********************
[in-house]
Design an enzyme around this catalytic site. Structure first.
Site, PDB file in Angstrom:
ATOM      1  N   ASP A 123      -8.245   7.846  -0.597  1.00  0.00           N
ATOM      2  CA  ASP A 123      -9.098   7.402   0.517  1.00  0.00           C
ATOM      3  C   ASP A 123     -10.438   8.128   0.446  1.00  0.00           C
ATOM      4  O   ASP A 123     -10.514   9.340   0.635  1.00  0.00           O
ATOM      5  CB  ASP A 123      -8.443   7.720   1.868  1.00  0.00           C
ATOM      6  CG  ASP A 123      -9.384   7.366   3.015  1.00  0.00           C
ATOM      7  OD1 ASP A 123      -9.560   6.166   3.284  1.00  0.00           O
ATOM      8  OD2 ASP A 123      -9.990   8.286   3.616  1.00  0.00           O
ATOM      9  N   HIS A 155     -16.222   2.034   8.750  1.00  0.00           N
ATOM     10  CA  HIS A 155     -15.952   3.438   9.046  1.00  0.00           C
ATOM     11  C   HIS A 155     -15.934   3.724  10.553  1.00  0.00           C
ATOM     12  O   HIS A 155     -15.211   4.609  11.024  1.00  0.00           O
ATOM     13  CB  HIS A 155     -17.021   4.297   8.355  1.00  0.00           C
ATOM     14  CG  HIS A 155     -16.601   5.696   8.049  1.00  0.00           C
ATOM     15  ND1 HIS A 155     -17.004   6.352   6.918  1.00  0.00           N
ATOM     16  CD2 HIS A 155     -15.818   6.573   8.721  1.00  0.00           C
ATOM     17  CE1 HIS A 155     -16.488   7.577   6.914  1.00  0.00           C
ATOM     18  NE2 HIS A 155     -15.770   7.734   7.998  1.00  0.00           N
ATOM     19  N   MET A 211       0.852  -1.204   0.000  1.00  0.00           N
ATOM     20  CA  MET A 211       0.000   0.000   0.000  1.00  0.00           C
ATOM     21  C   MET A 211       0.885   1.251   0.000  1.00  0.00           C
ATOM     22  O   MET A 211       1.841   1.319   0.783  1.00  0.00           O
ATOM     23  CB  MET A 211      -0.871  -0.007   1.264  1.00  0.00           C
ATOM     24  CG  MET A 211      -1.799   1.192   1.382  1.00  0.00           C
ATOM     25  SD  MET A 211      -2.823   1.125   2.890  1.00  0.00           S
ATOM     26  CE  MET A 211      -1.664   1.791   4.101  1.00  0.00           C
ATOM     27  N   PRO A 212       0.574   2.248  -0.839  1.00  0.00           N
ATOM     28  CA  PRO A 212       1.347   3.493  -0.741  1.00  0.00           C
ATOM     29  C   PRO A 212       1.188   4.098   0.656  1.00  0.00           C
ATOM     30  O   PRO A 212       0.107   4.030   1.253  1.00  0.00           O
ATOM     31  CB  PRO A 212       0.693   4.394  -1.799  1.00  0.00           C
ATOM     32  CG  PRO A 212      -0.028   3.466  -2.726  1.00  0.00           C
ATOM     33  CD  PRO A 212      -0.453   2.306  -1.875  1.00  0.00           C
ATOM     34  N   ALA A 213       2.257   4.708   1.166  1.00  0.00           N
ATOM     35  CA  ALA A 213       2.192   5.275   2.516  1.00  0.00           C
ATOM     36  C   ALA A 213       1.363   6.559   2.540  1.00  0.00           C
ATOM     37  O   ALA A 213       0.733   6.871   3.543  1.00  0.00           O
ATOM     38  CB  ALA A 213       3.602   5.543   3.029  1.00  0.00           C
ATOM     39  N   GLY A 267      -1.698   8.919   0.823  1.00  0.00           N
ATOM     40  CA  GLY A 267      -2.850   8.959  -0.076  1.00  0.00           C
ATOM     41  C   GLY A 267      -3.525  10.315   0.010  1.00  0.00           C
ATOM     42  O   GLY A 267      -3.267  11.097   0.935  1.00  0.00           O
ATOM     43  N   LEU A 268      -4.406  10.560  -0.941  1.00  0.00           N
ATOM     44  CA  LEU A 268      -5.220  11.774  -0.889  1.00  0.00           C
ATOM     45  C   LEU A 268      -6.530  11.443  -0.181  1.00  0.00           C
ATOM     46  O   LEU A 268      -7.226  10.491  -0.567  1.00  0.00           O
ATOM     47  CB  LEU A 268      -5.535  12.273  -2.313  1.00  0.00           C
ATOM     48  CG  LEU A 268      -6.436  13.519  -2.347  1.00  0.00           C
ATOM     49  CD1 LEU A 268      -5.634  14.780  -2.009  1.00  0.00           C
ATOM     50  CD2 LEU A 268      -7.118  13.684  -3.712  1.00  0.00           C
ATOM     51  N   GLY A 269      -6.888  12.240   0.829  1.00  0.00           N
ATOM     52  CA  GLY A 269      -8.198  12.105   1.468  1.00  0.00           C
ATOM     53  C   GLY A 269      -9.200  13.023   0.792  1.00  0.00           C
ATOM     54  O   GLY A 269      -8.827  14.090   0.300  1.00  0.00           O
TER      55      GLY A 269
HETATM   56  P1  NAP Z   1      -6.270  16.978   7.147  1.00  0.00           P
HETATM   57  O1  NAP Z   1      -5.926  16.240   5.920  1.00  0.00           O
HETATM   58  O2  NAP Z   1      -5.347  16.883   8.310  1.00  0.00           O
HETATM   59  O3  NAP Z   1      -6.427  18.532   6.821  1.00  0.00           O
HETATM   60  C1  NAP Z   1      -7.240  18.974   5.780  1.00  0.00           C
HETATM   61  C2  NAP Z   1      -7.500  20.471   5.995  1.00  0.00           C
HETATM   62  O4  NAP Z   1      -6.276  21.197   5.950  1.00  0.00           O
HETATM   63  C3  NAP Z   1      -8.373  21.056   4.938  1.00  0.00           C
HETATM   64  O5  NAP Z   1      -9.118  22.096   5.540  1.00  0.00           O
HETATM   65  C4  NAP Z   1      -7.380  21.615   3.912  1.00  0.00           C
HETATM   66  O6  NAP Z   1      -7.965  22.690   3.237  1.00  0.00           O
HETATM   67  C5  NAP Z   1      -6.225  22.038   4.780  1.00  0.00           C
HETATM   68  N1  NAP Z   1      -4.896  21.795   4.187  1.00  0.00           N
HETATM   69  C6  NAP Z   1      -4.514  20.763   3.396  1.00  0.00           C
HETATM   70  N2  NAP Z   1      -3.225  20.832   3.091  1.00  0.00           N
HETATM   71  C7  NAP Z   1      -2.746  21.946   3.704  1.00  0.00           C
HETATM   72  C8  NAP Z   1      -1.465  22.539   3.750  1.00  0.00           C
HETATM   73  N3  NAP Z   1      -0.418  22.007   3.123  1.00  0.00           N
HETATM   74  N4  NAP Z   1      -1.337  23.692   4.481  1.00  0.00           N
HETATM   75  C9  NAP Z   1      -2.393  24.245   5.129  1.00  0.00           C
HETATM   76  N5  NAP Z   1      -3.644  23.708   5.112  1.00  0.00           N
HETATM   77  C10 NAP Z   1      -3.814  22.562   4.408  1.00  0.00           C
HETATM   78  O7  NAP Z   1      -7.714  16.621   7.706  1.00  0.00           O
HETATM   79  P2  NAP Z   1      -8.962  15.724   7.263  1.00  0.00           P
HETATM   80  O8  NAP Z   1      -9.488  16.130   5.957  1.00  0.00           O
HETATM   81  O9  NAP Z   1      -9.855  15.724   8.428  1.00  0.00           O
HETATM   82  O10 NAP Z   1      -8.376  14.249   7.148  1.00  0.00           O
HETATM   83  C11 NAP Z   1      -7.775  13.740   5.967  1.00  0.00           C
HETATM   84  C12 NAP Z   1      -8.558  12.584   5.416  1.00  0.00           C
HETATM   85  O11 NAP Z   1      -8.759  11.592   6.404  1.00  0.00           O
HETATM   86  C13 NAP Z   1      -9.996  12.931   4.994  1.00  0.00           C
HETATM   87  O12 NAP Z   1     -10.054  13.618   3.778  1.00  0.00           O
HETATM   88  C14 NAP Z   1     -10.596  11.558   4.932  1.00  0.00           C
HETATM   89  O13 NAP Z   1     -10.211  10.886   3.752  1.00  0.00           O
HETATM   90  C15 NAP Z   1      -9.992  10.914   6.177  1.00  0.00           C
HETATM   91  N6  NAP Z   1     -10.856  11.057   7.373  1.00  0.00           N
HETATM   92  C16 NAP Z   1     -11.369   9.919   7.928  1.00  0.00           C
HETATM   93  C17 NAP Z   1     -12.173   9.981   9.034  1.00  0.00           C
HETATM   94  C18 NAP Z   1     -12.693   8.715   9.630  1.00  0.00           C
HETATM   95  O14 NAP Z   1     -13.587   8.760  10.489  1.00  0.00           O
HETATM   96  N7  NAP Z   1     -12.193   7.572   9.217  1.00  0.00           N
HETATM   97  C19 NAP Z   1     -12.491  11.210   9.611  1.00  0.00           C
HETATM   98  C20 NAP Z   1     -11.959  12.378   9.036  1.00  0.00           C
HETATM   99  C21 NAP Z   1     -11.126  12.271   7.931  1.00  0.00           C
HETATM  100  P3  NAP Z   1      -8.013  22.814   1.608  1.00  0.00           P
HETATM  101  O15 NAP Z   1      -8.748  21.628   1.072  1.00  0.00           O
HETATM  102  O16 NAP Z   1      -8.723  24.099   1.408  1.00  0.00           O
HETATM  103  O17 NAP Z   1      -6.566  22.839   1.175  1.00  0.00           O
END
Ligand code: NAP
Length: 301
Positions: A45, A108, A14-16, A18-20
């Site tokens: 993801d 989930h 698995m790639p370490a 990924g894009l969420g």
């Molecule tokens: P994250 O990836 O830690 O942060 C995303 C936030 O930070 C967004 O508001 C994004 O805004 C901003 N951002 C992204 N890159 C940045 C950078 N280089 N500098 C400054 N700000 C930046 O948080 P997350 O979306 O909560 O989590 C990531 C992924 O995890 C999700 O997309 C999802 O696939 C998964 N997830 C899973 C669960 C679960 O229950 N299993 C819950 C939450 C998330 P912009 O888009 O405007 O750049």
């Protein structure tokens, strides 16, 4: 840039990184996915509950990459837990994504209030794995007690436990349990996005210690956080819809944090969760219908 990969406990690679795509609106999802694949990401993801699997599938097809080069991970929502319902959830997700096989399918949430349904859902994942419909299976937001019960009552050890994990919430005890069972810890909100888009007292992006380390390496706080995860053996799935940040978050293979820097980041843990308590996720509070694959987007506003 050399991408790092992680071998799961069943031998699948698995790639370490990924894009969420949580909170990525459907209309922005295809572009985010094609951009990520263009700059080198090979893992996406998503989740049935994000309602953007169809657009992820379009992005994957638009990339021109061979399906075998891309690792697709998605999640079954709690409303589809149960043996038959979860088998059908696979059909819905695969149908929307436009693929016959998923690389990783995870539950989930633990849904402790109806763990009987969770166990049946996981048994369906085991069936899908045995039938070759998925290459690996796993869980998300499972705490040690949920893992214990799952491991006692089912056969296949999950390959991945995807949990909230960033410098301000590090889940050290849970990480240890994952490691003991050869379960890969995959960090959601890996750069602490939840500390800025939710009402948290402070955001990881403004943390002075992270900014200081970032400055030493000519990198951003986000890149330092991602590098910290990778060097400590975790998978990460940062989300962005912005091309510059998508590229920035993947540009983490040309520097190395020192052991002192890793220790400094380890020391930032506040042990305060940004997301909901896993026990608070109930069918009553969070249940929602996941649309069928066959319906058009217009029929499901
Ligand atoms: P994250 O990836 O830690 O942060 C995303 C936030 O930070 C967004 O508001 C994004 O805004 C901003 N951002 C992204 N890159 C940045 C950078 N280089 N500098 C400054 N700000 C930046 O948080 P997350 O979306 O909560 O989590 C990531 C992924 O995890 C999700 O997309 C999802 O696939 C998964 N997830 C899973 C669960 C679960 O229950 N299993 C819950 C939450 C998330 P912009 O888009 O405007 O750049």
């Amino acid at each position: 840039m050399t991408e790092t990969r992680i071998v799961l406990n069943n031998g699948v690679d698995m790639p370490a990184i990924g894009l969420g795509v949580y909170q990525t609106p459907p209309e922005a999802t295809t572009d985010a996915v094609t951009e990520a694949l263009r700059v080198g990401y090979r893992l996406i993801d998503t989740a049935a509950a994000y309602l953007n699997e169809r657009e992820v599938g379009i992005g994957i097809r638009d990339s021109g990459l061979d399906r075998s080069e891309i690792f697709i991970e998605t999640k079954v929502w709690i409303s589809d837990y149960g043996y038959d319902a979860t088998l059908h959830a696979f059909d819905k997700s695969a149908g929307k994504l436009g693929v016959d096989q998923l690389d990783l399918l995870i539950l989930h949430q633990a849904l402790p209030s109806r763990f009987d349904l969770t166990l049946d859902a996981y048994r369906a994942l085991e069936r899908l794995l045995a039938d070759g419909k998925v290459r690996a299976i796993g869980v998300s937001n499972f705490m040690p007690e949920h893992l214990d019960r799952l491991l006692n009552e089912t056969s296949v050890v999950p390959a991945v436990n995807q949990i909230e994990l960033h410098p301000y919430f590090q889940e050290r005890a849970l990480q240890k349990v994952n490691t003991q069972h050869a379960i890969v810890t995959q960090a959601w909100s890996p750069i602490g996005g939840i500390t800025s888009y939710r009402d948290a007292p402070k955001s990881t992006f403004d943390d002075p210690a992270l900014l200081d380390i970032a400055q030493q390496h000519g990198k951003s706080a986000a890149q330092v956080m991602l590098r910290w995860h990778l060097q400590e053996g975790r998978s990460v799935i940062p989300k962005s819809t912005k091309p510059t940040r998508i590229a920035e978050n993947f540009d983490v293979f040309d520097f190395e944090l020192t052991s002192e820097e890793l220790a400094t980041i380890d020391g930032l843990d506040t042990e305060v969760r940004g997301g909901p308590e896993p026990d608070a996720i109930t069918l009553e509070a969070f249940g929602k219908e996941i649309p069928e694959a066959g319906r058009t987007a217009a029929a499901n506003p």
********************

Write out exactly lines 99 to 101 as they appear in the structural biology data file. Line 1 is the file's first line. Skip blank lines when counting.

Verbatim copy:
HETATM   96  N7  NAP Z   1     -12.193   7.572   9.217  1.00  0.00           N
HETATM   97  C19 NAP Z   1     -12.491  11.210   9.611  1.00  0.00           C
HETATM   98  C20 NAP Z   1     -11.959  12.378   9.036  1.00  0.00           C